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I declared a struct which is supposed to be a pixel and it has 3 properties (x, y location and F intensity) like this:

struct pixel {
    int F,          // intensity from 0-255
    x,              // horizontal component           
    y;              // vertical component
};

Then I declared an 2D array of type pixel (the struct above) like this:

int N=100;
pixel image[N][N];

Then I used the following loop to assign values to x and y:

int count, k;

for (int i=0 ; i<N ; i++)
    for (int j=0 ; j<N ; j++)
    {
        k = j + i*N;
        image.x[k] = count;
        count++; 
     }

What did I do wrong?

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closed as not a real question by Steve-o, valex, Lafada, Alessandro Minoccheri, Piperoman Dec 13 '12 at 7:57

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6  
What sort of problem are you seeing? –  Timo Geusch Dec 12 '12 at 20:27
    
The count variable is not initialized. It can be just about anything at first (undefined value), then you're simply incrementing that undefined value. You can't expect variables to be automatically initialized to 0. –  Fred Dec 12 '12 at 20:44
1  
Welcome to SO, posting your code as you did is very helpful but always try to explain the problem you are having as well...what is/isn't working correctly and how, what errors you may be getting, etc... –  codeMagic Dec 12 '12 at 20:45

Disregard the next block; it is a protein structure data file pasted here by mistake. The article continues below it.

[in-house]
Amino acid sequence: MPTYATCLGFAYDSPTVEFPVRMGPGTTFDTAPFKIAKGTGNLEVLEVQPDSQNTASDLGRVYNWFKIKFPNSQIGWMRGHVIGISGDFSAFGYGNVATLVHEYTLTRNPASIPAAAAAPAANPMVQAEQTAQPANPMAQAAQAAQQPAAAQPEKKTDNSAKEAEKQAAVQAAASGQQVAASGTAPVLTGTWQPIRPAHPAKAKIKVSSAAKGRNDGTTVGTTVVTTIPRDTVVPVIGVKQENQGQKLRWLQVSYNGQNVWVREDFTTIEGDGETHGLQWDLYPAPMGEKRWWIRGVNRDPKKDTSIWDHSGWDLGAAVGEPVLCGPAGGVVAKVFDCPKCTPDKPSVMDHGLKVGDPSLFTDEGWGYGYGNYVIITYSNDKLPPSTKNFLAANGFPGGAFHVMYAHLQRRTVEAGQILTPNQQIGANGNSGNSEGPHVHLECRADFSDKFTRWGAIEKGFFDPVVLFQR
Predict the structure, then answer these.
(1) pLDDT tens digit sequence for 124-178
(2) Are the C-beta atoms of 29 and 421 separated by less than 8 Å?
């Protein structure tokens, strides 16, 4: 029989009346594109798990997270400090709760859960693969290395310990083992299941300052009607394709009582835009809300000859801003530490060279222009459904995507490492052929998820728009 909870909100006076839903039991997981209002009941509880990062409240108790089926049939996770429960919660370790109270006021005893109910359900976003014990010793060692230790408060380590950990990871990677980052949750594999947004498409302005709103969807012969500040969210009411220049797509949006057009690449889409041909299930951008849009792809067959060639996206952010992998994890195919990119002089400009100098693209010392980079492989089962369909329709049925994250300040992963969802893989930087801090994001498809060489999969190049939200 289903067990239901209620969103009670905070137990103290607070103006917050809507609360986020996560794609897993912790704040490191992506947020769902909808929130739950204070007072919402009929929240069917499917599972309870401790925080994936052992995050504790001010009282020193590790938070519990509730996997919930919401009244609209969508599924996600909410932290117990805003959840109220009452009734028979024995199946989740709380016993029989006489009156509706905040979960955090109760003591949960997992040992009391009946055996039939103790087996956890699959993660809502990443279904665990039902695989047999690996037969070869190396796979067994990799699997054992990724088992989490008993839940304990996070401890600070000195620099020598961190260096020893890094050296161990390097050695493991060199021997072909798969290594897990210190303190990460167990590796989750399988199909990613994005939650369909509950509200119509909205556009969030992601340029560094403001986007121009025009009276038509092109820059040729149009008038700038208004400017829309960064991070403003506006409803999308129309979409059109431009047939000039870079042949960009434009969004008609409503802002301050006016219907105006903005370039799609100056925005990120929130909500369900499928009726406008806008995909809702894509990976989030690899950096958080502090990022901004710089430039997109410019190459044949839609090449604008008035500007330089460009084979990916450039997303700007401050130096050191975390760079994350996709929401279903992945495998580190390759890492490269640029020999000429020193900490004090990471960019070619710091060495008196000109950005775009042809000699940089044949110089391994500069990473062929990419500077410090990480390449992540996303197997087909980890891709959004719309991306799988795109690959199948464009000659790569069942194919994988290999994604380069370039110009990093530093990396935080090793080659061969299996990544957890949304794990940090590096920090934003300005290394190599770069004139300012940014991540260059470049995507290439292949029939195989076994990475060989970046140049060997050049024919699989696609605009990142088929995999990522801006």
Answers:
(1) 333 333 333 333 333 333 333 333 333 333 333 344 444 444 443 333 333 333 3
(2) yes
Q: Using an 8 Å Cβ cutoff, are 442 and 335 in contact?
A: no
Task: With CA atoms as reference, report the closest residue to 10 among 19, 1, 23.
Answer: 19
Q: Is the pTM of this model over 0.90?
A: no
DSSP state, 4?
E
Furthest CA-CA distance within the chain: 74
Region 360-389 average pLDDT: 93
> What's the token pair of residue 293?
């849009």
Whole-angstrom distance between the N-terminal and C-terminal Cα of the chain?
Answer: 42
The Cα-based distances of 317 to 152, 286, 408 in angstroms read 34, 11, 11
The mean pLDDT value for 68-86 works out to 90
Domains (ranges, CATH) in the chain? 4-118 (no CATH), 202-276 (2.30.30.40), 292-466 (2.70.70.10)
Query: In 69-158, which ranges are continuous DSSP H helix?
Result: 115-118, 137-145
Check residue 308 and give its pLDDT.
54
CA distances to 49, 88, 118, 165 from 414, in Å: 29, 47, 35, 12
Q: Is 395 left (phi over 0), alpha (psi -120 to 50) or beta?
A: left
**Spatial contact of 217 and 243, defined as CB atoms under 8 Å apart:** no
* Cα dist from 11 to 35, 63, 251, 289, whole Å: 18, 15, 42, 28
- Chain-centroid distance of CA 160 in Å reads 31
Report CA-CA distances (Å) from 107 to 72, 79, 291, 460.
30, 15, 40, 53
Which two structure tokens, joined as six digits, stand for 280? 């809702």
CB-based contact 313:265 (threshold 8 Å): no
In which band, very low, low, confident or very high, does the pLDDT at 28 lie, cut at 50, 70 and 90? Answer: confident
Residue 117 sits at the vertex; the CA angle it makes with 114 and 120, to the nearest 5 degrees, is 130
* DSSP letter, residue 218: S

Thank u!! and sorry for not being explicite –  Mimina Dec 14 '12 at 15:10
    
i understood what was wrong from the answers below thanks again –  Mimina Dec 14 '12 at 15:17
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4 Answers

up vote 0 down vote accepted

The line

image.x[k] = count;

is incorrect. You declared a 2D array of pixels:

pixel image[N][N];

The way to access an element of the array is as follows:

image[i][j].x = count;

You do not need to calculate the flat index k yourself.

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You are trying to index a field of the struct rather than the struct itself, plus you are not indexing it as a 2D array.

Rather than doing:

image.x[k]

Do:

image[i][j].x

Also, does your code compile? Some compilers will reject an declaration of an array where the bounds are variables, even if const.

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You can use i and j to index into image:

    image[i][j].x = count;

I don't see why you'd need k and the explicit index calculation at all. The compiler will do it for you automatically.

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ok i got it thanks :) however, i do need to calculate k if i was using a dynamic 2D-array right?? –  Mimina Dec 14 '12 at 15:31
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First of all, 'k' is not defined. So, it will use a garbage value for k.

Also, for indexing of a point in an image, you have to use:

image[i][j]

So, the correction in your program will be:

image[i][j].x = count;

instead of image.x[k] = count;

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